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Alabama groups call for transparency in executions, oppose nitrogen hypoxia

The groups are calling for transparency in response to the delayed execution of Joe James Jr. in July, in which witnesses were kept outside for two hours.

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A coalition of numerous Alabama groups will deliver three petitions to the governor’s office this morning calling for transparency during executions and protesting the use of nitrogen hypoxia.

The “Pull Back The Curtains” petition demands greater transparency in Alabama executions. The groups have launched the petition renewing the demand that media and other public witnesses observe the proceedings “from the moment a prisoner walks him or herself into the death chamber until they are declared dead.” It has just over 3,000 signatures so far.

The state’s execution of Joe James Jr. on July 28 has been shrouded in controversy as witnesses including media were kept in vans for two hours, and when they were finally brought in, James was already sedated and unresponsive.

An autopsy showed that he had been subjected to many and varied attempts to establish intravenous access with which to administer the execution drugs.

“The protocol states that if the veins are such that intravenous access cannot be provided, the team will perform a central line procedure. Fortunately, this was not necessary and with adequate time, intravenous access was established.” the Alabama Department of Corrections wrote in a statement emailed to The Associated Press.

A second petition with nearly 4,000 signatures urges the state to grant clemency to Alan Miller, convicted of killing three people in a 1999 workplace incident in Shelby County. A judge Monday issued a stay in Miller’s execution after the defense claimed the state lost paperwork showing Miller’s request to be executed using nitrogen hypoxia.

“We oppose the death penalty in all cases,” said Esther Brown, a spokesperson for Alabama’s Project Hope to Abolish the Death Penalty. “But no matter what you think about the death penalty, everyone wants our government to be capable and accountable. Alan Miller just won a stay of execution because the state lost the form in which he chose the gas chamber rather than lethal injection. The Alabama Department of Corrections seems more concerned about whether reporters are wearing underwear or proper shoes than if we have a competent execution team. It’s ridiculous.”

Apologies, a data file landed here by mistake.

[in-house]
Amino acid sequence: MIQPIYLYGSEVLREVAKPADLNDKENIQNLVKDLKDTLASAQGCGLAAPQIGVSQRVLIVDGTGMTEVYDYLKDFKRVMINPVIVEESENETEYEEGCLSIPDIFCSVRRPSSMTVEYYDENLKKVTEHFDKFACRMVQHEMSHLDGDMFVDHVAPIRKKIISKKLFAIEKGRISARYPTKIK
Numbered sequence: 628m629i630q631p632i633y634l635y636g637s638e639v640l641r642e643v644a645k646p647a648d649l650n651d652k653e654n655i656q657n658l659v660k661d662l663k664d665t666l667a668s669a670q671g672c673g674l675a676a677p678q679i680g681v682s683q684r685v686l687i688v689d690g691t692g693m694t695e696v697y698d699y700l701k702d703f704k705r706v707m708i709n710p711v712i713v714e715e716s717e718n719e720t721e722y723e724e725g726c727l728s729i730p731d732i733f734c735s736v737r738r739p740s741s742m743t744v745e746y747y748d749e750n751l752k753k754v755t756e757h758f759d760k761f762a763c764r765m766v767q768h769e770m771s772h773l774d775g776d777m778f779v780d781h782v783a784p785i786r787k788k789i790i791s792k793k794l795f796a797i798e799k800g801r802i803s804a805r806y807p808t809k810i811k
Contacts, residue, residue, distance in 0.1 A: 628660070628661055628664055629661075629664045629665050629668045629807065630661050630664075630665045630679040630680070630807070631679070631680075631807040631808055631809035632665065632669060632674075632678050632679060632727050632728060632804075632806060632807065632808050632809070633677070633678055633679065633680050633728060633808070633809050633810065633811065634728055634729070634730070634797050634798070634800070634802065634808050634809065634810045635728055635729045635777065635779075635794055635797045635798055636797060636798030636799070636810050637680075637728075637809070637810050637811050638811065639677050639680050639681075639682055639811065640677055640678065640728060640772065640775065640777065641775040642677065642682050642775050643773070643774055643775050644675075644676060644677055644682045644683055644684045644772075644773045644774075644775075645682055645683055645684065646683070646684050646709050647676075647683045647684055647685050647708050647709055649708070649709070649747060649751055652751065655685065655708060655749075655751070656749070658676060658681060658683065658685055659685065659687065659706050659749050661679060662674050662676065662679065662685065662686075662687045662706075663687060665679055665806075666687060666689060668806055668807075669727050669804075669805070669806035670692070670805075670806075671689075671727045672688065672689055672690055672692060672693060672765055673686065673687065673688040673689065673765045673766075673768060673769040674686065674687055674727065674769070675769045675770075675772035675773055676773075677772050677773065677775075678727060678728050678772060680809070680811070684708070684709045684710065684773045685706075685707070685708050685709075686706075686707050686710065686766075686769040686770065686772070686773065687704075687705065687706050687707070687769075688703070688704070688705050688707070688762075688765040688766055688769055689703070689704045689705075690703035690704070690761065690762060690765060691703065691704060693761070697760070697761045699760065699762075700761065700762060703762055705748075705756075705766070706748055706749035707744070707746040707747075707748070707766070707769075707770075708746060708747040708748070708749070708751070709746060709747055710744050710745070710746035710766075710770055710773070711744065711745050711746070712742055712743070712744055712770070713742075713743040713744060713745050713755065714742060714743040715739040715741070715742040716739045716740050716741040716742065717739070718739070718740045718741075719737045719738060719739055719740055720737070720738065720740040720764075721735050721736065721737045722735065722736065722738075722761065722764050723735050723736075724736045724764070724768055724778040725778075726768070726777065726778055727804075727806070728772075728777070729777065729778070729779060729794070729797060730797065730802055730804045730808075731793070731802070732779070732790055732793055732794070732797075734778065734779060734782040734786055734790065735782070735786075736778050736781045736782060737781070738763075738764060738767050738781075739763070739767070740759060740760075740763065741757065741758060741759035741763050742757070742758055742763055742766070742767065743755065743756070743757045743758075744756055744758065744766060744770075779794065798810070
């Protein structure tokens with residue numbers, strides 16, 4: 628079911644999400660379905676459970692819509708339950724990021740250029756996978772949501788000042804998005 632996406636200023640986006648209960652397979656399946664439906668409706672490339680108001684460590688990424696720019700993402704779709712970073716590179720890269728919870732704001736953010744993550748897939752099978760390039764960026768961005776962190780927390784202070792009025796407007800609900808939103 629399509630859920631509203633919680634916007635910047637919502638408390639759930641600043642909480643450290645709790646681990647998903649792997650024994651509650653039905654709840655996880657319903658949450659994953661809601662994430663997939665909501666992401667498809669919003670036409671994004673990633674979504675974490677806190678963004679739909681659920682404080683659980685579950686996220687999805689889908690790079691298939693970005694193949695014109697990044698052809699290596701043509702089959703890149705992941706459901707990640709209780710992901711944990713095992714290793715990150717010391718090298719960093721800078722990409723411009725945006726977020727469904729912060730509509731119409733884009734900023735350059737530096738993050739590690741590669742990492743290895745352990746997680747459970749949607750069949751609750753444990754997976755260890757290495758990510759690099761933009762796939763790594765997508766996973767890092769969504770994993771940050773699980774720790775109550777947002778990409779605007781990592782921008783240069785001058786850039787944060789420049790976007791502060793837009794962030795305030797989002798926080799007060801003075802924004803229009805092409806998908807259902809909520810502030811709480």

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The third and final petition challenges the use of nitrogen hypoxia in executions, something Alabama has never used to execute an inmate. It has over 10,000 signatures.

“Alabama’s new gas chamber has never been tested and no protocol for carrying out an execution using nitrogen hypoxia is known to be in existence,” the petition states.

Once the petitions are delivered, the groups will convene briefly at Dexter Ave. King Memorial Baptist Church.

An evening program featuring “Voices of Experience on the Death Penalty” will follow at the Kress Building at 39 Dexter Ave. starting at 7p.m. and is free and open to the public. Speakers include murder victim family members opposed to executions and exonerated death row survivor Radall Padgett, who spent five years in prison (three on Alabama’s death row) for a crime he did not commit.

Jacob Holmes is a reporter at the Alabama Political Reporter. You can reach him at [email protected]

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